A council has again supported plans for the UK's first deep mine in 30 years despite objections from climate change activists.
West Cumbria Mining sought new approval from Cumbria County Council after amending its plan for the £165m mine in Whitehaven.
The firm plans to extract coking coal from beneath the Irish Sea to be used in steel production.
Extinction Rebellion said the council's approval was "reckless beyond belief".
The county council has approved the mine plan twice since 2017, but needed to consider it again after the mining firm said further analysis of the coal meant it could "improve" the plant's design.
The mine would create 500 jobs and pay into a community fund for 10 years.
It was supported by a number of local politicians with Mike Starkie, the mayor of Copeland, saying: "This has gone through probably the most rigorous process in Cumbria County Council's history.
"These type of investment opportunities into the local community come around not even once in a lifetime."
More than 2,300 people objected to the plan along with campaigners including Friends of the Earth, Keep Cumbrian Coal in the Hole (KCCH) and the World Wide Fund for Nature (WWF).
Extinction Rebellion Cumbria protesters staged a "climate change crime scene" outside the council's meeting on Friday.
Activist George Smith said there was "overwhelming scientific evidence" the coal mine would "contribute significantly to the climate crisis", adding: "[The council's] decision today is reckless beyond belief."
The government will now have to decide whether or not to call the new plan in before it can progress, although it previously declined to intervene.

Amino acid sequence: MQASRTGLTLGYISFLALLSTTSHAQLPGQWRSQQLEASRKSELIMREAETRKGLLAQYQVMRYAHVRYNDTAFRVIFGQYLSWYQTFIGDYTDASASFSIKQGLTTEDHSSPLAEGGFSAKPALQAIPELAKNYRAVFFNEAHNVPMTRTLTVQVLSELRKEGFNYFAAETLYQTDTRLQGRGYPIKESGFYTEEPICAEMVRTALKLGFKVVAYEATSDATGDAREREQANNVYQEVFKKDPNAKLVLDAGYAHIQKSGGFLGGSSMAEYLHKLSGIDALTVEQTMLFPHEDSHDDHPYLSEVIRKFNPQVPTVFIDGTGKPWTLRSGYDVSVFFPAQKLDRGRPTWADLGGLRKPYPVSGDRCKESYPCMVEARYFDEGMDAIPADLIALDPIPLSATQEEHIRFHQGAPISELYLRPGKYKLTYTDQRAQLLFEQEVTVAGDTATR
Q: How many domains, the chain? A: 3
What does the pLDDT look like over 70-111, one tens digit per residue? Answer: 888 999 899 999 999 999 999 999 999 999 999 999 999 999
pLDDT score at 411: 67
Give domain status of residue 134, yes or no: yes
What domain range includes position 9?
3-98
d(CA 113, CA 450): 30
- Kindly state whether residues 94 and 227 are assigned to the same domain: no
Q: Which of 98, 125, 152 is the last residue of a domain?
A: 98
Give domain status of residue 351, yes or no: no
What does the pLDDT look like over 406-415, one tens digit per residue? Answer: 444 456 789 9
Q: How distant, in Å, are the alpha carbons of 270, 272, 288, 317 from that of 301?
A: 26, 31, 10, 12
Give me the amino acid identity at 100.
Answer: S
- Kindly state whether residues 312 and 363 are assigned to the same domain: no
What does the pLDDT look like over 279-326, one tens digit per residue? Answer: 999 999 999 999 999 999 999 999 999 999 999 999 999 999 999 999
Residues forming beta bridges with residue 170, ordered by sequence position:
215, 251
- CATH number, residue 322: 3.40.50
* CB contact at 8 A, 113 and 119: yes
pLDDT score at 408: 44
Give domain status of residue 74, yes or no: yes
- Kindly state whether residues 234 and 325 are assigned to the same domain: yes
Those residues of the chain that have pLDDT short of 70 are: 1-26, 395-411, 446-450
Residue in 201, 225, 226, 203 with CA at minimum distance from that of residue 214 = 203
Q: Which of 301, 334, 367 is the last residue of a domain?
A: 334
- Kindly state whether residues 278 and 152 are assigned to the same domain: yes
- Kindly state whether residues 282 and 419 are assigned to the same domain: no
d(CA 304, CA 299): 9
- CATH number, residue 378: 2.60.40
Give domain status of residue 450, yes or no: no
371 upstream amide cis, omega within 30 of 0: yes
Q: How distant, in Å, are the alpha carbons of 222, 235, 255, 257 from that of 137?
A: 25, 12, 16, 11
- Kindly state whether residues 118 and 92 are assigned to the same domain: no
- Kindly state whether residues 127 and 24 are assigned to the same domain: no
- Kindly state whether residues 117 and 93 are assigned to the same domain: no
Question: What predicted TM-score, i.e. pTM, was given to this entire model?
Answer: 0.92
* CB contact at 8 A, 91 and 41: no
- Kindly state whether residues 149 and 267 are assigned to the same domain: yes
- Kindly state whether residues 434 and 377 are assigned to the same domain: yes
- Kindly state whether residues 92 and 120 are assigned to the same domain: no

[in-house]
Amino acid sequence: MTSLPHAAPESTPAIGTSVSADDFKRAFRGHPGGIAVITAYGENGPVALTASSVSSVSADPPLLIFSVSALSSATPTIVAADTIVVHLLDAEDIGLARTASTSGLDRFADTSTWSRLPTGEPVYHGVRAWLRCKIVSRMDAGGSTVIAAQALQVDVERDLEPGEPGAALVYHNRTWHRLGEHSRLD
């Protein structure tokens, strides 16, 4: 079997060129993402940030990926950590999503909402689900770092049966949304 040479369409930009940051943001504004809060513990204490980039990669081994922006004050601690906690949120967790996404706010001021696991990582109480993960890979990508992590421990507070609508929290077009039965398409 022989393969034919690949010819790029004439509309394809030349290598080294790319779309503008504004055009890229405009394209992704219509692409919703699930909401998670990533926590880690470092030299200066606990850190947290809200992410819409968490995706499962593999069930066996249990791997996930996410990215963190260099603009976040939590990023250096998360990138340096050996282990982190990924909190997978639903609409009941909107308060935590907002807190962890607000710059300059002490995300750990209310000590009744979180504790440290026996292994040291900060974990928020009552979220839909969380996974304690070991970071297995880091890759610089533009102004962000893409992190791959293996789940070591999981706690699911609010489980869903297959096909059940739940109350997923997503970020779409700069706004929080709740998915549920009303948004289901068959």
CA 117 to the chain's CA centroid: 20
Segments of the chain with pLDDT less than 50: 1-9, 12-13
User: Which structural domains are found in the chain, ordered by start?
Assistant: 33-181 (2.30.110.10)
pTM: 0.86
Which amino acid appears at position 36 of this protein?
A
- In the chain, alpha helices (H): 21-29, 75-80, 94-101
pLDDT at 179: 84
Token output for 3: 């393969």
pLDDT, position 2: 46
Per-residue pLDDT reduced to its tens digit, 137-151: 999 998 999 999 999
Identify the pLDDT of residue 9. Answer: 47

Meanwhile, a judicial review is due to be heard into the previously approved plan after a challenge from KCCH.
Analysis: Story does not end with approval
By Bob Cooper, BBC Radio Cumbria political reporter
For the third time Cumbria County Council has approved this highly controversial mine, but the story does not end there.
The council cannot issue an approval notice until the Housing and Local Government Secretary has decided whether to call the decision in.
Robert Jenrick has the power to overrule local planning authorities but has previously rejected a request to do this with respect to the West Cumbria mine.
Any move by the government to scupper the mine would not go down well with local Conservative MPs, including Trudy Harrison, who is Boris Johnson's right-hand woman in the Commons
These seats were until recently part of Labour's "red wall" and it would be hard for ministers to make any decision that would anger the area's MPs.
But it does present a challenge to the government, which is trying to achieve net zero carbon emissions by 2050 and sell its green credentials.
If the mine finally does get planning permission, campaigners could still try to challenge it in the courts.